AES is out to please power customers around the world. A leading independent power producer, the company has interests in 137 generation facilities in 20 countries throughout the Americas, Asia, Africa, Europe, and the Middle East that gave it a net generating capacity of 37,159 MW in 2013. (It also has one coal-fired project under development with a total capacity of 1,320 MW). AES sells electricity to utilities and other energy marketers through wholesale contracts or on the spot market. AES also sells power directly to customers worldwide through stakes in distribution utilities, mainly in Latin America and the US.
AES has operations in Argentina, Brazil, Bulgaria, Chile, Colombia, Dominican Republic, El Salvador, Hungary, Jordan, Kazakhstan, Panama, Pakistan Philippines, Mexico, Oman, the Philippines, Puerto Rico, Qatar, Spain, Sri Lanka, the UK, the Ukraine, and the US. In 2013 Brazil accounted for 31% of the company's revenues; the US, 22%.
The company operates more than 70 generation businesses across five continents and nine utility companies, primarily in Brazil and the US. It addition to traditional power generation and electric distribution businesses, in 2013 AES owned and operated 9,216 MW of renewable generation, including hydro, wind, energy storage, biomass and landfill gas.
AES’ reportable segments are: US Strategic Business Unit; Andes Strategic Business Unit; Brazil Strategic Business Unit; MCAC Strategic Business Unit; EMEA Strategic Business Unit; and Asia Strategic Business Unit.
The company’s revenues decreased by 7% in 2013 due to a 25% decline in Asia-based sales as a result of higher contracted volume at lower prices and lower generation at Kelanitissa in Sri Lanka caused by lower rainfall (which limited hydroelectric water flow). Brazil revenues decreased by 13% due to the unfavorable impact of foreign exchange, lower tariffs and demand at Sul, as well as lower volumes and higher energy purchases, partially offset by the favorable reversal of a liability and the temporary re-start of operations at Uruguaiana and higher tariffs and lower fixed costs at Eletropaulo. Andes segment revenues dropped by 12% due to lower generation at Chivor.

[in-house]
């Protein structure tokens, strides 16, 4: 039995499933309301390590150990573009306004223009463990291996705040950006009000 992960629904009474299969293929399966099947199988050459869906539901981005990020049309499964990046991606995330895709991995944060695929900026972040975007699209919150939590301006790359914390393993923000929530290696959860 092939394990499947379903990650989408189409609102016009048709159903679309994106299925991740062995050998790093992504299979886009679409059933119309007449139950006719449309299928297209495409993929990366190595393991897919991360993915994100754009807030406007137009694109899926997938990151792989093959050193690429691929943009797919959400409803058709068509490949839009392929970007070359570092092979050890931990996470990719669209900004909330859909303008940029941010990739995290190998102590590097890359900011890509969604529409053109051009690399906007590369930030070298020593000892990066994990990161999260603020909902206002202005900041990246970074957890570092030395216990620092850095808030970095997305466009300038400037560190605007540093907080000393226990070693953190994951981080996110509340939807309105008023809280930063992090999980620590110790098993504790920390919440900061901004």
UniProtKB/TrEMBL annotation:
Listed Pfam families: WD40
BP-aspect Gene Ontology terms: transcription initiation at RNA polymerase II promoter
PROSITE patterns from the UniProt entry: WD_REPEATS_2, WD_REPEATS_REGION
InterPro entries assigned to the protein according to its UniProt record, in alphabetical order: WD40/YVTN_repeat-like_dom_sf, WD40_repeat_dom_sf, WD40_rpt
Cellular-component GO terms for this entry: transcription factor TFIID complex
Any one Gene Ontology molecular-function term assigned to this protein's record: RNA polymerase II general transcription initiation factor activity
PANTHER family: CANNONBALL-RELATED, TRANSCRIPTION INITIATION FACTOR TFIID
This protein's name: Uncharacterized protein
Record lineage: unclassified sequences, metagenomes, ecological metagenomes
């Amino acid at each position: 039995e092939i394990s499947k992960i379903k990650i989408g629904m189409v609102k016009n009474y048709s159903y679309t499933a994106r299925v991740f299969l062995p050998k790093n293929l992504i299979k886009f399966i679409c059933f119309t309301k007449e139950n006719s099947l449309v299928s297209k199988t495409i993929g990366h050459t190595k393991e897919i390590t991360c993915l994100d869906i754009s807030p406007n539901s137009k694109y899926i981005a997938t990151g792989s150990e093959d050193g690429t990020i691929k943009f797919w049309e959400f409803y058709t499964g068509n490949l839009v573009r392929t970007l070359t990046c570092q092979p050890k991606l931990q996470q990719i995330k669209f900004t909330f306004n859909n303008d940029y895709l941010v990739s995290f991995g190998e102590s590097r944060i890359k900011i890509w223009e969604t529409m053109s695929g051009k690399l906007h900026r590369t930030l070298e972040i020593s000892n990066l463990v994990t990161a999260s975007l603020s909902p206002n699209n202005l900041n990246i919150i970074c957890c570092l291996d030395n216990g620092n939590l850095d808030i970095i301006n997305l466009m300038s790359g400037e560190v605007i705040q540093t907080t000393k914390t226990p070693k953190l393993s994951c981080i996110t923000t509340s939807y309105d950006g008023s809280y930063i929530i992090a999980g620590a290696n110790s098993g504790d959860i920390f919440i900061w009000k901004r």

After experiencing a $912 million net loss in 2012 due to higher operating costs and foreign currency transaction losses, in 2013 AES reported net income of $114 million due to a decline in the operating costs and higher income from continuing operations.
In 2013 AES’ operating cash flow decreased to $2.72 billion (from 2.90 billion in 2012) due to a change in current assets and liabilities.
AES is focusing on expanding in core markets, specifically Brazil, Chile, Colombia, and the US, while developing assets in target growth countries including Turkey, Poland, and the UK. It is also exiting selected non-strategic markets to narrow its geographic focus in order to achieve better results from fewer countries. The company is also aiming to reduce overhead and business development costs. In 2014 sold its stakes in three businesses in Cameroon to pan-emerging market investor Actis for $202 million.
That year it also announced plans to sell its interests in solar power projects in operation and under development in Europe, India, and the US for $165 million.
In 2014 AES also agreed to sell its 49.62% stake in AES Entek Elektrik Üretimi (a joint venture in Turkey with Koc and Aygaz) to its partners for $125 million.
In 2014 the company teamed up with the Estrella-Linda Group, an investor group based in the Dominican Republic. Under this strategic agreement, Estrella-Linda agreed to buy 8% of AES' business in the Dominican Republic for $96 million.
China Investment Corporation owns about 17% of AES.